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Verboice: New Tool for Social Outreach in Cambodia

BY Jessica McKenzie | Thursday, April 18 2013

Phnom Penh, Cambodia (Milei.vencel)

Social outreach organizations including the Women’s Media Centre of Cambodia and Better Factories Cambodia have begun using Verboice to reach communities otherwise cut off by literacy or technological barriers – lack of mobile support of local dialects, for example. It has been used to give women and children on demand health information, to increase access to reproductive and sexual health services, and to monitor working conditions in garment factories.

A free and open source tool, Verboice allows organizations to create and run projects using voice so users can listen and record messages in their language or dialect. Since, as Verboice asserts, voice is the most inclusive means of communication, their tool allows organizations to expand the reach of humanitarian efforts through mobile technology. (Mobile penetration in Cambodia was at 86 percent in early 2012, and has continued to rise.) Verboice was introduced by InSTEDD (Innovative Support to Emergencies Diseases and Disasters) with funding from The Swedish Program for ICT in Developing Regions.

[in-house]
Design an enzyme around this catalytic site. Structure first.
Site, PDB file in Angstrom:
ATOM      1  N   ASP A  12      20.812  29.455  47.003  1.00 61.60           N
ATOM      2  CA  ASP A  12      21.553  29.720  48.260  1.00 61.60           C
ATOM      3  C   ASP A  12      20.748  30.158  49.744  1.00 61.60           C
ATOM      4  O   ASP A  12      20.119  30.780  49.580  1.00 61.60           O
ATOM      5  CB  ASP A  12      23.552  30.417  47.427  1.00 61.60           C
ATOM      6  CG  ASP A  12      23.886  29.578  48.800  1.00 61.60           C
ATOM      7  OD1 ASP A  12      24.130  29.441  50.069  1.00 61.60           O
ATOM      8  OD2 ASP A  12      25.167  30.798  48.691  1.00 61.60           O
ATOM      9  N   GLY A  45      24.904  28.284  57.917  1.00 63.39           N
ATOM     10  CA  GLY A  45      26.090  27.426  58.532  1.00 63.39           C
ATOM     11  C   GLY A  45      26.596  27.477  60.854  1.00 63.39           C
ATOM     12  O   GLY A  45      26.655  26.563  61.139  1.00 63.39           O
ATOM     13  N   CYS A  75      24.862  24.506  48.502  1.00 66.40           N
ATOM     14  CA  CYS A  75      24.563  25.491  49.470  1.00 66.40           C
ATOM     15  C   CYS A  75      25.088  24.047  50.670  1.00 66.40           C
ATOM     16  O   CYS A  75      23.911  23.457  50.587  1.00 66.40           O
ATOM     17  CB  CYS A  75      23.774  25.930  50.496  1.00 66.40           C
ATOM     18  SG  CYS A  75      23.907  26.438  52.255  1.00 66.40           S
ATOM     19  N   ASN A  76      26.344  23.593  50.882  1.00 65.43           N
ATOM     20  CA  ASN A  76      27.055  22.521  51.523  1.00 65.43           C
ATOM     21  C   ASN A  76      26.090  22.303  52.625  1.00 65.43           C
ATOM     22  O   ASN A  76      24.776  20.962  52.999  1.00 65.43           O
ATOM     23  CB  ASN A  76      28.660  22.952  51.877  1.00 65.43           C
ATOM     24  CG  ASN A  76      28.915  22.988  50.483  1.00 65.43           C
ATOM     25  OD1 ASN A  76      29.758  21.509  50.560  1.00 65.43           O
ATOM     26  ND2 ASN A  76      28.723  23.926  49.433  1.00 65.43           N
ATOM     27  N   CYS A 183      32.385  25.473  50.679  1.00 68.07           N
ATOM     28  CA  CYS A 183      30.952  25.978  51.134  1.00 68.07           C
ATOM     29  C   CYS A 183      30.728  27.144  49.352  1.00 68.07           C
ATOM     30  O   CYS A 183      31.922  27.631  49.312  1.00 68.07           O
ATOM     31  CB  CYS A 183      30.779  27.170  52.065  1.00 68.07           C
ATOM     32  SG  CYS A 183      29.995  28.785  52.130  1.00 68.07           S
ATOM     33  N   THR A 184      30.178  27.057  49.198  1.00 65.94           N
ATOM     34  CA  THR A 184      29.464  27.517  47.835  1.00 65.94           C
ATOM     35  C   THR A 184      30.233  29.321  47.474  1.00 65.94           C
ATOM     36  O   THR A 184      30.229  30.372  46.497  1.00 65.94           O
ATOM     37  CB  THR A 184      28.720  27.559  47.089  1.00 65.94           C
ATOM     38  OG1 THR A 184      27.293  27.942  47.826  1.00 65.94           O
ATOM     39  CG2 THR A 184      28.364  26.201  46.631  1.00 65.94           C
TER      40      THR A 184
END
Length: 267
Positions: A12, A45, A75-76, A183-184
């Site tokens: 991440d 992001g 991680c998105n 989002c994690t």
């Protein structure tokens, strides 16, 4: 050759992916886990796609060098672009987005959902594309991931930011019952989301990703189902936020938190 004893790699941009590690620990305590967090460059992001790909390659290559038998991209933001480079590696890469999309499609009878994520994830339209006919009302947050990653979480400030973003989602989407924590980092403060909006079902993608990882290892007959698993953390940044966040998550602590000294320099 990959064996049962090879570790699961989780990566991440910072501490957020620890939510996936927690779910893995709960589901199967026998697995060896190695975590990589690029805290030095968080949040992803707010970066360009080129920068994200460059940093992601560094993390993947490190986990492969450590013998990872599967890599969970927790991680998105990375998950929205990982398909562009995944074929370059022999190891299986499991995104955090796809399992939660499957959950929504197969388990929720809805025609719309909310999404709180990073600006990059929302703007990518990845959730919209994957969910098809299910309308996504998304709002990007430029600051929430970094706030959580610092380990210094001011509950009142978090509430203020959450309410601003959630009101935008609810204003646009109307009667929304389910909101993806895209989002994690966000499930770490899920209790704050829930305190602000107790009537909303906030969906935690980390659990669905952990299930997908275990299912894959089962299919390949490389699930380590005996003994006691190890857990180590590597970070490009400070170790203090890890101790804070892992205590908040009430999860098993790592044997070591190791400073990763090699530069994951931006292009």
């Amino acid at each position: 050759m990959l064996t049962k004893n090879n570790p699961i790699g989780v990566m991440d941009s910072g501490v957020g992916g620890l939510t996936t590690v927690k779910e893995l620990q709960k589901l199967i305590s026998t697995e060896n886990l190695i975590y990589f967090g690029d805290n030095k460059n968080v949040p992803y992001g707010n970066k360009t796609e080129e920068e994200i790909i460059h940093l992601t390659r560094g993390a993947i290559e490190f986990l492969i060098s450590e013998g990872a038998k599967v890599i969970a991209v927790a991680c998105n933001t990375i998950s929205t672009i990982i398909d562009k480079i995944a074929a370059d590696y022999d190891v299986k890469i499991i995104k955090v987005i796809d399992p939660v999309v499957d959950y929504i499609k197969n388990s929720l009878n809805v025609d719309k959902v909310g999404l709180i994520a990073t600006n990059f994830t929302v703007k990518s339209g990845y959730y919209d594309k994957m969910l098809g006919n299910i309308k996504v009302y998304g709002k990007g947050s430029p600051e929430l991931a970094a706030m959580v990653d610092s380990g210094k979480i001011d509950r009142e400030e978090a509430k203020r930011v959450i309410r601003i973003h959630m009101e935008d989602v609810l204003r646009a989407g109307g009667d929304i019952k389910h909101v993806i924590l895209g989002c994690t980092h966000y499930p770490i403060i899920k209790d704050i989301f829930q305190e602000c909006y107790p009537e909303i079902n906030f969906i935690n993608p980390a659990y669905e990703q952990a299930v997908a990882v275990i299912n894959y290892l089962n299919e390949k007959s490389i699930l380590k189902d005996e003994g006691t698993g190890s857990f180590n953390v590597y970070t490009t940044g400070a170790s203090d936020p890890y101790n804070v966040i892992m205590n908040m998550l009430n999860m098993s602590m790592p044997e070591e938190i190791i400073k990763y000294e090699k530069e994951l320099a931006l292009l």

The International Labour Organization (ILO) and Better Factories Cambodia are working to improve working conditions in Cambodia’s export garment factories. Through Verboice, the organizations connect directly with factory workers and educate them about their rights. Better Factories Cambodia set up a quiz in which factory workers can answer questions about salary, work safety and personal health. Marie Stopes International Cambodia has made Verboice part of their post abortion follow-up process, and also a way of education women about safer contraception options. The Open Institute and Women's Media Center in Cambodia have also created an information telephone hotline for on demand health information. Verboice even has a Youtube video with instructions on how to create a health tips hotline.

This technology is still in an experimental phase – the Open Institute and Women's Media Center project began in August 2012 – but so far, for its simplicity and accessibility, Verboice looks promising. It's nice to see an interactive voice response system used for humanitarian purposes rather than questionable customer care at your credit card company.

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